6.06.2008


Just a few days ago the term "Edupunk" appeared on the edublog scene here, quickly got a mention in the Chronicle of Higher Education, and I found mention of it in this post by David Warlick.  

This idea resonates with me, and perhaps it has as well (or will) with the education 2.0 community because it directly addresses some of the best things we strive for, as well as the criticisms surrounding 'all things 2.0'. To preface this, there's something that drives me a little nutty about people who are dismissive of the potential of web/learning/education/school/whatever 2.0 . It often gets derided as just being a new name for an old convention ("back in the day, we had bulletin boards, and we used phone lines to connect to the internet, and it took 7 days to upload a text document, and we liked it!"*) or a sign of complicity in corporate influence in schools. It has been passed off as all hype and no substance - in fact, some people have even used their own blogs as a platform to discuss the meaninglessness of "web 2.0". I'm sorry. What? Isn't that a bit like making a documentary about how un-influential film is as a medium?


What people don't seem to realize is that there is nothing inherently wrong with - or good about- web 2.0. Similarly, there is nothing inherently good or bad about a hammer.  Its just a tool.   As a tool, its incredibly effective at driving nails into wood, but it also functions quite nicely as a doorstop, for cracking nuts, or putting dents into people's heads if used against its intended purpose. However, one key difference between these two tools is that web 2.0 doesn't actually exist. 

Sorry. 

Web 2.0 is simply a frame- a phrase that shapes our conception about a kind of online interaction. I'm stealing borrowing that phrase from George Lakoff's fantastic book, Don't Think of An Elephant: Know Your Values and Frame the Debate--The Essential Guide for Progressives. The name we give something shapes the way we think about it, but it also codifies meaning.  When we say "web 2.0" we're describing an amorphous form of online communication and interaction.  Web 2.0 isn't the learning itself, its an agreed upon understanding of a system that allows the learning to happen.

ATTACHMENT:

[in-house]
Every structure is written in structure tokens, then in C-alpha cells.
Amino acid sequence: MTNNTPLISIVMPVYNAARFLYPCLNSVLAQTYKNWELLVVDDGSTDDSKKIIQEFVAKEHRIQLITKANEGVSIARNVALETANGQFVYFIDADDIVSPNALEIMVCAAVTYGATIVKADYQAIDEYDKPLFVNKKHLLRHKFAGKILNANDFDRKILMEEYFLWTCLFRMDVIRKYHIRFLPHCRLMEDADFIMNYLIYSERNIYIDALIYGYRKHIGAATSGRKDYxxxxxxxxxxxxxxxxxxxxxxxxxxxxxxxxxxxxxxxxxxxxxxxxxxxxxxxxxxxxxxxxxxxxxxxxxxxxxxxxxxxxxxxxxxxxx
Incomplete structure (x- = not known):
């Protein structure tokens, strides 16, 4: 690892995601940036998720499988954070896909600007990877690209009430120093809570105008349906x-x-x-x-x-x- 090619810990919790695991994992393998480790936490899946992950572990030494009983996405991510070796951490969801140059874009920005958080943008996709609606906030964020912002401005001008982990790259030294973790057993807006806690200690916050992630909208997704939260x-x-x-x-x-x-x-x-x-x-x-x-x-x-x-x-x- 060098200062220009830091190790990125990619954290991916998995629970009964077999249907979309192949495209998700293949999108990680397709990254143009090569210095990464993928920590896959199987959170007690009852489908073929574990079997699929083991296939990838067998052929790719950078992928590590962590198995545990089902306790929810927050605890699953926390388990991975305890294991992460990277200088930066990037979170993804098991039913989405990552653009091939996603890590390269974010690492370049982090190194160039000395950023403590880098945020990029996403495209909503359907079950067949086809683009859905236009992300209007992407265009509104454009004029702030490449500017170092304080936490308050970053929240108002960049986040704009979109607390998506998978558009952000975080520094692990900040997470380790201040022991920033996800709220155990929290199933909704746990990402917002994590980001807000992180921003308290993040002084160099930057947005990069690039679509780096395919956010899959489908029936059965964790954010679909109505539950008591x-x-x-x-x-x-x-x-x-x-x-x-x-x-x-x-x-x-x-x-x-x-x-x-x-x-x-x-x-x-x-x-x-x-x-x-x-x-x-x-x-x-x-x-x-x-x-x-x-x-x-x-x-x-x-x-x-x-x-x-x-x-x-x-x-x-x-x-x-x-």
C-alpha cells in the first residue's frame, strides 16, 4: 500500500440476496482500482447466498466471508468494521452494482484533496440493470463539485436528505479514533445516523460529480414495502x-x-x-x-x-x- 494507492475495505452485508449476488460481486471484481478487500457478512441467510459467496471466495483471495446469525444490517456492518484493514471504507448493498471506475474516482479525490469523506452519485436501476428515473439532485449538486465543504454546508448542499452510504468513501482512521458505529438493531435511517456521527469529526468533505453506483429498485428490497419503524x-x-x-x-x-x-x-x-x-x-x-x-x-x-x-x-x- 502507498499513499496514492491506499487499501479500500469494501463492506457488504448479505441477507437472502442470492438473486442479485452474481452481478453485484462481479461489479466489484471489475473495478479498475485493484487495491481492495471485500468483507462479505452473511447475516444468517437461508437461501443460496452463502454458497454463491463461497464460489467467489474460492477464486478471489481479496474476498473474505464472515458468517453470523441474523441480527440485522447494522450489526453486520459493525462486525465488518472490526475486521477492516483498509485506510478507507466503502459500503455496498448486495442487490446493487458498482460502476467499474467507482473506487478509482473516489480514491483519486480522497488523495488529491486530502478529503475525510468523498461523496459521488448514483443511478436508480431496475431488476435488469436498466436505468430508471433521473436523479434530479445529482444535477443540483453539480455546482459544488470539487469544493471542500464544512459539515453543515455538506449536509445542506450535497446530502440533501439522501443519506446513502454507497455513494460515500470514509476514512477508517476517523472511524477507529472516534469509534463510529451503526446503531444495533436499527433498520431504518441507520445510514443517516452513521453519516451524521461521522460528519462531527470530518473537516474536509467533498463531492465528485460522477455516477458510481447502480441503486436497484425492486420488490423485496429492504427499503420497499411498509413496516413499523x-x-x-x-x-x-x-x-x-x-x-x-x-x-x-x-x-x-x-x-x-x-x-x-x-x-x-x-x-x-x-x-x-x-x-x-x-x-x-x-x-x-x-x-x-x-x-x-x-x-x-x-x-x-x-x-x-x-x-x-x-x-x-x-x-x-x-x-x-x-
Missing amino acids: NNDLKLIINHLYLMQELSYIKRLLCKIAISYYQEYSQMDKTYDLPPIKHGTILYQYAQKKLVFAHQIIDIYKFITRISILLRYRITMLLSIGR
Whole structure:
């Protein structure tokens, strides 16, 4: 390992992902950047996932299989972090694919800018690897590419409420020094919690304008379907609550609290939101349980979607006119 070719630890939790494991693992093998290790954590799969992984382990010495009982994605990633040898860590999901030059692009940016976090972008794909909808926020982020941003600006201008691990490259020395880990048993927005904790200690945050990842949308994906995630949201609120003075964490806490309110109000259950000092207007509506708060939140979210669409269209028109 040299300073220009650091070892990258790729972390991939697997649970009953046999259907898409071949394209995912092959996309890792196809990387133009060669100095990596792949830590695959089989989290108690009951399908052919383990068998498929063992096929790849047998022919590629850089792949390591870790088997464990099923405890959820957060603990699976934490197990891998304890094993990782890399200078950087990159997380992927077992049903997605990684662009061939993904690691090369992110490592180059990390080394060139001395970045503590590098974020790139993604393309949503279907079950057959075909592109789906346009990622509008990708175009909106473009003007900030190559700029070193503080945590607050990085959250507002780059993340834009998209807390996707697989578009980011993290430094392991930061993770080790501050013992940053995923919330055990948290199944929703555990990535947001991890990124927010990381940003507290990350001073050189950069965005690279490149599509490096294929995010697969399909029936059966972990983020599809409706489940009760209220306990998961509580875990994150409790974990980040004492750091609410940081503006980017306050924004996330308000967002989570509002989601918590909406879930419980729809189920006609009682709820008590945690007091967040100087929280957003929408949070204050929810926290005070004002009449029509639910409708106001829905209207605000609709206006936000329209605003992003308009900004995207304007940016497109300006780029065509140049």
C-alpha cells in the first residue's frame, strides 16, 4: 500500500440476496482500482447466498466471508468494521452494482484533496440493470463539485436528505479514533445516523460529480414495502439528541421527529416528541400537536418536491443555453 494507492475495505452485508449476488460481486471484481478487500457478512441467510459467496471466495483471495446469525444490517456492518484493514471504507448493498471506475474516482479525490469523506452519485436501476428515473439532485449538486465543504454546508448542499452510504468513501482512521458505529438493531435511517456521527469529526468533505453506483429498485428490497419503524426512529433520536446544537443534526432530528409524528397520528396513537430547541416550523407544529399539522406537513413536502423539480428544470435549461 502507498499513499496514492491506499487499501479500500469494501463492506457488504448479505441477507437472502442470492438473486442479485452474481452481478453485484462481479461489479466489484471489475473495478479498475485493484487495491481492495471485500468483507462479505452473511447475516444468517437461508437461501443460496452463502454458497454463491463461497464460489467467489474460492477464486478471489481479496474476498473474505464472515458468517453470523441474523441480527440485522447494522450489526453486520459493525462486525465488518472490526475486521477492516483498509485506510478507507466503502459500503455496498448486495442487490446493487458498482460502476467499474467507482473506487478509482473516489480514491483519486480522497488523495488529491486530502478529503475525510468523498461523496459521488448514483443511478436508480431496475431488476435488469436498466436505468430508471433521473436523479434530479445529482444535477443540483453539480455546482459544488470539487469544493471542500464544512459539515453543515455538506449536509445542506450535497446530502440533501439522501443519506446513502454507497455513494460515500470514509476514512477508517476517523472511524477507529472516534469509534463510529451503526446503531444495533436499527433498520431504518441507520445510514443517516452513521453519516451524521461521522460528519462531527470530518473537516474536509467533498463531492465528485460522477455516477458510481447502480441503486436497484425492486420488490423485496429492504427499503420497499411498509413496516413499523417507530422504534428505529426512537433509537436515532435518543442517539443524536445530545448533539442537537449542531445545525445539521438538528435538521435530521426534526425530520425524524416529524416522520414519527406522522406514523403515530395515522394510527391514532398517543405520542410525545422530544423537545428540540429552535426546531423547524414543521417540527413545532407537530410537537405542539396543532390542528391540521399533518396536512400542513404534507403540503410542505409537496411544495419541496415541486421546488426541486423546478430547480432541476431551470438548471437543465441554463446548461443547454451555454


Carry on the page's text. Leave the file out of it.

In this way, the edupunk idea is important because it re-frames the idea of integrating 'web 2.0 technologies' into the curriculum as a distinctly anti-consumerist, pro DIY pedagogy. As such, it removes it from the tired criticism that has tied "web2.0pians" to corporate interests.

The other reason that I like the term is because the '-punk' suffix suggests the same kind of challenge to centralized authority that critical pedagogy makes to the top-down educational model.  This is something that is something that has been endemic to my experience with web 2.0 both in and outside of the classroom.  We are giving students the In having students create online content, we're asking them to construct and present their own knowledge. They are not presenting and publishing this information as experts, they are presenting and publishing this information as learners.

That is exactly what makes the interactivity and immediacy of web 2.0 so exciting - it allows people to share in the raw beauty of the first attempt - something that is often lost in the refining process. Looking through my art teacher glasses- it encompasses the same kind of energy that is captured in a quick investigative sketch, which can be infinitely more powerful than the carefully refined and determined final project.

In concordance with the rejection of centralized authority, "-punk" suggests an embrace of anarchy or chaos.  The thought of "classroom", "technology" and "chaos" together in one sentence might suggest a mass of computer lab desks piled in a protective fortress in some recreation of Lord of the Flies (although the conch is now an ipod, and Piggy's Mac Air is smashed to pieces).  Organized Chaos, on the other hand is a useful strategy in the progressive teacher's playbook.  In her book, The Dialectic of Freedom, Maxine Greene describes this kind of environment as an "open space" - a place where students have freedom to explore new ideas and direct their own learning.   I don't know if she'd appreciate the association or not (although after taking one of her classes and reading a few of her books I expect she would) but to me, she'd be one of the original edupunks. 

Whether the term "edupunk" gains a footing as a frame for progressive integration of the 2.0 pedagogy, or if it disappears into the into the meme void with the hamster dance, it doesn't really matter.  It has already begun a debate that furthers our understanding about the relationship of our ourselves to the global community through technology.  Ignoring the irony of the edu-punk-ness of the debate itself, it should remind us of the necessity of these kinds of discussions -not to define us, but to allow us to continually reflect on the nature of this constantly changing relationship. 


*this is only funny if you are hearing Dana Carvey's Old Man routine in your head.

1 Comment:

  1. rebecca said...
    Edupunks, represent!

    OI!!!

    ;)

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